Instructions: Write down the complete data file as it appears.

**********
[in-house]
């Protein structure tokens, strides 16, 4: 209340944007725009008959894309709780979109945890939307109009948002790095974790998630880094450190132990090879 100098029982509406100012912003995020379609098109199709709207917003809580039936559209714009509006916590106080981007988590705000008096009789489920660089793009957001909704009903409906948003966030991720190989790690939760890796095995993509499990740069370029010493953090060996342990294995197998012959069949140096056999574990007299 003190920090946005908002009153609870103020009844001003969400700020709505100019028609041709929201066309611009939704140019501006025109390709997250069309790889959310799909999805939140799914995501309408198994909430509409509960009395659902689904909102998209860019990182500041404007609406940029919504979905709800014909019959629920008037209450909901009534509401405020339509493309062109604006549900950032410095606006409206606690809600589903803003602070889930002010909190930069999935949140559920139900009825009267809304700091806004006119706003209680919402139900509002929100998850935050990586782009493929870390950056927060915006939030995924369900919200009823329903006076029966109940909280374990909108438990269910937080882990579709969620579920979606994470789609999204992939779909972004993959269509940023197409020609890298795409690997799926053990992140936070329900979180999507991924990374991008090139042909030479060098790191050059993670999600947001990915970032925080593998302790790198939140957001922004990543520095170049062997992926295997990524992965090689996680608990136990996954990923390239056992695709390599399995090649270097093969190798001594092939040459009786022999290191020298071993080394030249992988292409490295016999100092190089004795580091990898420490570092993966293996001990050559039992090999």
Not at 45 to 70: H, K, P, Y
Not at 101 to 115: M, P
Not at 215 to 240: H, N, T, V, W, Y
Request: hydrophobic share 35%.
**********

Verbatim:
[in-house]
């Protein structure tokens, strides 16, 4: 209340944007725009008959894309709780979109945890939307109009948002790095974790998630880094450190132990090879 100098029982509406100012912003995020379609098109199709709207917003809580039936559209714009509006916590106080981007988590705000008096009789489920660089793009957001909704009903409906948003966030991720190989790690939760890796095995993509499990740069370029010493953090060996342990294995197998012959069949140096056999574990007299 003190920090946005908002009153609870103020009844001003969400700020709505100019028609041709929201066309611009939704140019501006025109390709997250069309790889959310799909999805939140799914995501309408198994909430509409509960009395659902689904909102998209860019990182500041404007609406940029919504979905709800014909019959629920008037209450909901009534509401405020339509493309062109604006549900950032410095606006409206606690809600589903803003602070889930002010909190930069999935949140559920139900009825009267809304700091806004006119706003209680919402139900509002929100998850935050990586782009493929870390950056927060915006939030995924369900919200009823329903006076029966109940909280374990909108438990269910937080882990579709969620579920979606994470789609999204992939779909972004993959269509940023197409020609890298795409690997799926053990992140936070329900979180999507991924990374991008090139042909030479060098790191050059993670999600947001990915970032925080593998302790790198939140957001922004990543520095170049062997992926295997990524992965090689996680608990136990996954990923390239056992695709390599399995090649270097093969190798001594092939040459009786022999290191020298071993080394030249992988292409490295016999100092190089004795580091990898420490570092993966293996001990050559039992090999």
Not at 45 to 70: H, K, P, Y
Not at 101 to 115: M, P
Not at 215 to 240: H, N, T, V, W, Y
Request: hydrophobic share 35%.